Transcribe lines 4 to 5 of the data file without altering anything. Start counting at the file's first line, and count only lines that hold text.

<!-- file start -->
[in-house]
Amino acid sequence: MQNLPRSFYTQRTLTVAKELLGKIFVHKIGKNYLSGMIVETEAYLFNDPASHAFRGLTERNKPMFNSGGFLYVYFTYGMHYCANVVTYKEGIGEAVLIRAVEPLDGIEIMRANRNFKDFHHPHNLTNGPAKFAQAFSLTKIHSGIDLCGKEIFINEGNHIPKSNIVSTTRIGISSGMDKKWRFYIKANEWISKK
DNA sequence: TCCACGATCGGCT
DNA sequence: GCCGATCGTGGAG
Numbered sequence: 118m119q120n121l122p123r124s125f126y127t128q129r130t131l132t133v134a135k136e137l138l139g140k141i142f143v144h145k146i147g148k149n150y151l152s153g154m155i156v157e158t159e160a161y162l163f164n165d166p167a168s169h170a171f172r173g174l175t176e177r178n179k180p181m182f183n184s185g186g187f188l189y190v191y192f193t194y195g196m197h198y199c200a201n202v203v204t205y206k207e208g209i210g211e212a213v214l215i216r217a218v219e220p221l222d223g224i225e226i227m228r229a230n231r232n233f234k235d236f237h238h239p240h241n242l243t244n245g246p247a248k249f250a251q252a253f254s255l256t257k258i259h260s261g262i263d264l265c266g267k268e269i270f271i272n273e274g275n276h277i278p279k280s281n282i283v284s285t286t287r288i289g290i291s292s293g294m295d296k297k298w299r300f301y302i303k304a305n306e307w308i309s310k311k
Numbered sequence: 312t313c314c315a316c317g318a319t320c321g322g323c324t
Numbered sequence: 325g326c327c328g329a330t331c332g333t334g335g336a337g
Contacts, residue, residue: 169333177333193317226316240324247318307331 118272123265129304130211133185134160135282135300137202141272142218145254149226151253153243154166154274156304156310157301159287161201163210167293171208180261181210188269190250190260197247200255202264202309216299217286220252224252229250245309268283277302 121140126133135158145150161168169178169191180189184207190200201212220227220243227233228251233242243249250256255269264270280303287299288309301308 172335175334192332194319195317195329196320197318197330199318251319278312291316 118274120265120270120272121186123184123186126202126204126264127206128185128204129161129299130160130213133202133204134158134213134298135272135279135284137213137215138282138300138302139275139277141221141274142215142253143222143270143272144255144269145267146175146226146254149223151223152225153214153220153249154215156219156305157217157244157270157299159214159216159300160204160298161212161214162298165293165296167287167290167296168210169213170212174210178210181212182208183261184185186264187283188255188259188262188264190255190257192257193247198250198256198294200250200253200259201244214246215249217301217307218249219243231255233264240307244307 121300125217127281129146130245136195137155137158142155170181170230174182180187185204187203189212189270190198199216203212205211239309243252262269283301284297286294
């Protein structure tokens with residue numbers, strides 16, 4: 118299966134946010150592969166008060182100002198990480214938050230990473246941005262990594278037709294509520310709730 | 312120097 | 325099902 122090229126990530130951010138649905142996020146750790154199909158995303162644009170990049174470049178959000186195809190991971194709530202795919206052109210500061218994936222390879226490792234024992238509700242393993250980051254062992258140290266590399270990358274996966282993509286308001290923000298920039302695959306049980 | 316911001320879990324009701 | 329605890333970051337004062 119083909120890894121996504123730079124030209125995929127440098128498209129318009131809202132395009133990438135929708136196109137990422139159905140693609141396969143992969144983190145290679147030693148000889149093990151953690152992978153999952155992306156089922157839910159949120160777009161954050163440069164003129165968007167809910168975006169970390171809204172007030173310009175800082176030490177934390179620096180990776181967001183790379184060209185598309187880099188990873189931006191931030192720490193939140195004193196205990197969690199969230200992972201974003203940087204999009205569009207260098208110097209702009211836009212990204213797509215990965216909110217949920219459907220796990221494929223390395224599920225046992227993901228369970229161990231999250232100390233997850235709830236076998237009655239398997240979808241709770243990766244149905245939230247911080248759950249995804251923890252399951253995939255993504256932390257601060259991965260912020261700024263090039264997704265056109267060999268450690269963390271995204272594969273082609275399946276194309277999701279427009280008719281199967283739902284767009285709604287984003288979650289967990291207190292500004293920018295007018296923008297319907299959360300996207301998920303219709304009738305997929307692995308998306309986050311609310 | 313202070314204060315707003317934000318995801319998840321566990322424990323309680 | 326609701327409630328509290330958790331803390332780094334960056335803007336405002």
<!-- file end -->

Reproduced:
DNA sequence: GCCGATCGTGGAG
Numbered sequence: 118m119q120n121l122p123r124s125f126y127t128q129r130t131l132t133v134a135k136e137l138l139g140k141i142f143v144h145k146i147g148k149n150y151l152s153g154m155i156v157e158t159e160a161y162l163f164n165d166p167a168s169h170a171f172r173g174l175t176e177r178n179k180p181m182f183n184s185g186g187f188l189y190v191y192f193t194y195g196m197h198y199c200a201n202v203v204t205y206k207e208g209i210g211e212a213v214l215i216r217a218v219e220p221l222d223g224i225e226i227m228r229a230n231r232n233f234k235d236f237h238h239p240h241n242l243t244n245g246p247a248k249f250a251q252a253f254s255l256t257k258i259h260s261g262i263d264l265c266g267k268e269i270f271i272n273e274g275n276h277i278p279k280s281n282i283v284s285t286t287r288i289g290i291s292s293g294m295d296k297k298w299r300f301y302i303k304a305n306e307w308i309s310k311k